The point is, I like to use music theatrically, but not, hmmm…musically…like….musical theatrey, if you know what I mean. I like the music to occur organically from what is happening onstage (re: the “This Little Light of Mine” scene in Storming Heaven.) It can be so powerful. So I’m clam-digging up possible songs for me show. I also asked the cast to bring in songs among other things that rang true for them. (it’s too bad my banjo isn’t it working order…or that I don’t know how to play it… I do have one. It just needs a banjo doctor. Possibly even a banjo pyschiatrist.) I’m sure that some folks find it difficult to be sort of limited to the public domain, but there are so many treasures out there. But then, I’m a bluegrass fan. So, you know…

I like to find a “root”, so to speak, in which I can relate to something. How does a former-farm girl tie-in to a “story of the sea?” With music. And that’s just how I plan to do it.

I’m gonna let it shine…

Every once in awhile, a book brings me to tears. Typically, it’s because a beloved character dies (Hedwig the owl…oh god…I can’t…I can’t even talk about it…), but yesterday a book brought me to tears with the sheer weight of a scene.

A group of miners–poor, weak, sick, filthy, abused–gather together in solidarity, and slowly join in a chorus of “This Little Light of Mine”… This scene occurs in the novel Storming Heaven by Denise Giardina. Structurally, I found the novel and writing to be similar to Barbara Kingsolver’s work in The Poisonwood Bible and Prodigal Summer, two of my absolute top o’ the list favorite books of all time. But the images, the subject matter, the raw truth and leanings of the book were Steinbeck all the way. If Steinbeck had been a woman, which I know in some circles would be impossible to imagine, if not blasphemous. I encourage those circles to read Storming Heaven.

When I did the show Radium Girls I often found myself saying, “How could I not know this happened?” I feel the same of Storming Heaven. While the book may be fiction, the Battle of Blair Mountain most certainly was not. One the critics on the book jacket may hit the nail on the head (I’m paraphrasing), the reason we don’t know this happened is because our government was the bad guy.

What struck me the most about the struggle between the coal companies and the miners was that while the coal companies shouted “Reds!” when the miners tried to organize, I couldn’t help but think the coal companies has capitalized themselves to the point of socialism. HEar me out. In a mining town, the company owns everything from the house you live in to the store you buy food in. It controls EVERYTHING. Pretty freakin’ red, eh? It actually reminds me of the people that are protesting healthcare reform. Afraid we’ll socialize medicine? Whaddya call Medicare, Grandma?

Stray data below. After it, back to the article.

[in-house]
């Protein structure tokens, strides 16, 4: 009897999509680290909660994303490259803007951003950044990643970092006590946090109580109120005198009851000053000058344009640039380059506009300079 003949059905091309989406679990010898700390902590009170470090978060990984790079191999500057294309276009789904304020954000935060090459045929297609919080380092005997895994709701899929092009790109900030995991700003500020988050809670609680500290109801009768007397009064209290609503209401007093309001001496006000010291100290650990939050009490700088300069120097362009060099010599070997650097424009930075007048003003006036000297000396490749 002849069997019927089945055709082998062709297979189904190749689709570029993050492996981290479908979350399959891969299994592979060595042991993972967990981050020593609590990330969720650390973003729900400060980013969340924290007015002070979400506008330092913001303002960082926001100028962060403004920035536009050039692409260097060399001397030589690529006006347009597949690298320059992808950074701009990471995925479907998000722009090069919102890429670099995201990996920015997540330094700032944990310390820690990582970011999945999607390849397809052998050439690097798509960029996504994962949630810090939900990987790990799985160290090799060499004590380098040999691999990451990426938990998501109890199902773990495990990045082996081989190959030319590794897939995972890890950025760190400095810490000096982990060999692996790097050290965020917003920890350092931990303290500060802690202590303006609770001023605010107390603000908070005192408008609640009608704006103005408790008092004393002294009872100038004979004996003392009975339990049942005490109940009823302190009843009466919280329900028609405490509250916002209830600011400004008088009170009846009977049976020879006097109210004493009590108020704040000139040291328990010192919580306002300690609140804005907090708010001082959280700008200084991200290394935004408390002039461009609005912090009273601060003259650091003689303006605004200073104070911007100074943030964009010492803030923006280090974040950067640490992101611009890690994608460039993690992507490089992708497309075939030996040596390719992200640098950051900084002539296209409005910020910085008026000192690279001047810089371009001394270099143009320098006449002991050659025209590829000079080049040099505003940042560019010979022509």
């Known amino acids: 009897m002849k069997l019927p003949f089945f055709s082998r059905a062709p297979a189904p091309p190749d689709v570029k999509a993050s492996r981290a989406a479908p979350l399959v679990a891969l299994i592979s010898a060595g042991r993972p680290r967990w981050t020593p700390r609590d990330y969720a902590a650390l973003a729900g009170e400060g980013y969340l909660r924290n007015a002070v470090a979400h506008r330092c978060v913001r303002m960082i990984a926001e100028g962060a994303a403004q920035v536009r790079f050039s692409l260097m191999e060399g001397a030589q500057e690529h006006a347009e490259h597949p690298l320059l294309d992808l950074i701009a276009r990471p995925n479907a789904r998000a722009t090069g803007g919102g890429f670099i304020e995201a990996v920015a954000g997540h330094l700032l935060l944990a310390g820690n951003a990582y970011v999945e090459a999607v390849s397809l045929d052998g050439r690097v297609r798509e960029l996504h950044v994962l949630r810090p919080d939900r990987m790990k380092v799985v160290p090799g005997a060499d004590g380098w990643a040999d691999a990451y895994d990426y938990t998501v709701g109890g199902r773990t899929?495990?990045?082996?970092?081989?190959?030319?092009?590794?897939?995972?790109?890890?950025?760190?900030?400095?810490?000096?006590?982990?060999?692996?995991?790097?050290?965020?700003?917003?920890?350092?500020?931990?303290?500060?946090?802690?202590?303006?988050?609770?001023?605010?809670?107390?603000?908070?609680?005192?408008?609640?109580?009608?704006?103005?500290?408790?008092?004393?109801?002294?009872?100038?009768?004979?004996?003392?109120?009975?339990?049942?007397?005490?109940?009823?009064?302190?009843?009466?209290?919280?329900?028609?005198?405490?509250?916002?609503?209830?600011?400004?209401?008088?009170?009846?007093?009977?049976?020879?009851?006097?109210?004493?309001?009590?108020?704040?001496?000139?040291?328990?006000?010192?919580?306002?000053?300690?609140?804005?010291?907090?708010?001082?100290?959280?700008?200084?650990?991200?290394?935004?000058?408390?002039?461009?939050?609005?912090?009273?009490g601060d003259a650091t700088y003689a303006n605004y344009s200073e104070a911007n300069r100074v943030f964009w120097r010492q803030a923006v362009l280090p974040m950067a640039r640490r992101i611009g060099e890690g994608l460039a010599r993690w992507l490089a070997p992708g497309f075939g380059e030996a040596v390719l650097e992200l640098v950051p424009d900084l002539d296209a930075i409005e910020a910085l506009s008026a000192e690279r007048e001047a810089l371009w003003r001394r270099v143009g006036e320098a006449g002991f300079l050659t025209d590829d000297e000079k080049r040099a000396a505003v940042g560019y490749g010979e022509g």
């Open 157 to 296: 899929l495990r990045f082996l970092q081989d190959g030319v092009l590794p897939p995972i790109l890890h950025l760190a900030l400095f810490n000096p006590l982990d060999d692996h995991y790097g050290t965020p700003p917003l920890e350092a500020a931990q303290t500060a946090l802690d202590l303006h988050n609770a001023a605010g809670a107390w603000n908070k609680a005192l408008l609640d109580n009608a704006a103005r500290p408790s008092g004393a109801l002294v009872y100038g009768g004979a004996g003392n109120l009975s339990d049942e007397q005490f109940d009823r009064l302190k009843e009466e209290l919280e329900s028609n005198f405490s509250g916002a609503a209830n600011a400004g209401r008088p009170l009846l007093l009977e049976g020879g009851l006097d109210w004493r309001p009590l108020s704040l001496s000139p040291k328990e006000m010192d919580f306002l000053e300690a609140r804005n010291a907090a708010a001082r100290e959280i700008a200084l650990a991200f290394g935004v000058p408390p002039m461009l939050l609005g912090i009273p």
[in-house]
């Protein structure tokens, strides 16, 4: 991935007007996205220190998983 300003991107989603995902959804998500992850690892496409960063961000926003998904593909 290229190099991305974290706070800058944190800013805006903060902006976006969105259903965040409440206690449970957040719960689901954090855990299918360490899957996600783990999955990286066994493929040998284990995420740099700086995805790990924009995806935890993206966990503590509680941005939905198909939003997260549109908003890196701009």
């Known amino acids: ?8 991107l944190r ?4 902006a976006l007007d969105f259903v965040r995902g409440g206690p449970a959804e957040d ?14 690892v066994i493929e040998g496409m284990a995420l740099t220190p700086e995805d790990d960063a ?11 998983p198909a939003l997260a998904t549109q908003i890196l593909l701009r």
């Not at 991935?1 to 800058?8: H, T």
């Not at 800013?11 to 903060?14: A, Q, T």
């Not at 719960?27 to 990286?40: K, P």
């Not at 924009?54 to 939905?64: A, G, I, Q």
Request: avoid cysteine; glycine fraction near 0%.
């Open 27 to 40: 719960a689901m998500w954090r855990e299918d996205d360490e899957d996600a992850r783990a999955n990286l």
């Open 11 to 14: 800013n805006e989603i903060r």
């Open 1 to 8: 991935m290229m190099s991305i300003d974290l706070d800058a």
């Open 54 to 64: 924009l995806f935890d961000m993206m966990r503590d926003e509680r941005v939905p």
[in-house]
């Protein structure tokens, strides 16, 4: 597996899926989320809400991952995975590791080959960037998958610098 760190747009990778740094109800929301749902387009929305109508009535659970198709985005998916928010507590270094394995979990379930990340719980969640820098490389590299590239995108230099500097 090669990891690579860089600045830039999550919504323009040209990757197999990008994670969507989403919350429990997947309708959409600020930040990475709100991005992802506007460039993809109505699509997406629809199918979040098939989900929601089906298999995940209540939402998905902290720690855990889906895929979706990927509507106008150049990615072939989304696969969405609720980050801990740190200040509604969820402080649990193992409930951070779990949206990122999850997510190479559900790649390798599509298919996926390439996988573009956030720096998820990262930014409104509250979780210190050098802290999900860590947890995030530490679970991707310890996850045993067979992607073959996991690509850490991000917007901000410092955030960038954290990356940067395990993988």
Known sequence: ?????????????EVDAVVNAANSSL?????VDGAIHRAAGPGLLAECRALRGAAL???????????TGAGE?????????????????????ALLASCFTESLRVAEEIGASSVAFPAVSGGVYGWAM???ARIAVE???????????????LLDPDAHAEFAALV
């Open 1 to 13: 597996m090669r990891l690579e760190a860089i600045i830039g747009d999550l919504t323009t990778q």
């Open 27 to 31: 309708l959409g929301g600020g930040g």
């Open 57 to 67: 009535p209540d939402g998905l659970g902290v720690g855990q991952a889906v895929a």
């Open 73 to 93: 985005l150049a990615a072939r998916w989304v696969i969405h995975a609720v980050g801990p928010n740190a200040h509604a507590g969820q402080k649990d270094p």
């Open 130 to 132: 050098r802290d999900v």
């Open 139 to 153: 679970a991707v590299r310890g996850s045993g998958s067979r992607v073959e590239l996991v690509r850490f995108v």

But I digress.

Storming Heaven is EASILY the best book I’ve read this year. Thank you to Rebecca and Jamie for pushing it my way. I’m going to pay this one forward.

The Fall of Piety

Over the years I’ve been able to lord certain “accomplishments” over my nearest and dearest. “I’ve actually never had a cavity, so, I wouldn’t know…” But as time passes, I slowly cavitied and hangovered myself into the land of the Ordinary Person. This list of little “Nyah-nyahs” has dwindled and last night, finally collapsed entirely.

I got my first speeding ticket.

I won’t go into all the details. I was speeding. I mean, there it is. In my defense, I really and truly did not know that it was 25 mph in that area (mainly because I had no idea what “area” I was in. I was nearly irretrevably lost, save for the grid system.) I was going 38. (I know. I’m such a speed demon. Only I would get a ticket for going a speed that would get me cursed by other driver’s for it’s elderliness. But whatever, I’m not a fighter when it comes to law enforcement.

Except…okay, I’m an Ohio girl. And while I’ve never been awarded (note: positive spin) a speeding ticket until last night, I have been pulled over a couple times. IN OHIO. Land of the traffic laws that make sense. In Illinois, they take your license! Literally, you hand it to them, and they don’t hand it back. I’m driving using my f-ing ticket as my god damn license. Barbaric! I’m going out of town this weekend! What if we go to a restaurant and I want a drink!? What do I just hand them my Scarlet Letter “S”? And frankly, I don’t even know how I get it back. Do they mail it? Do I have to pick it up somewhere? Do I, gasp, have to see that cop again?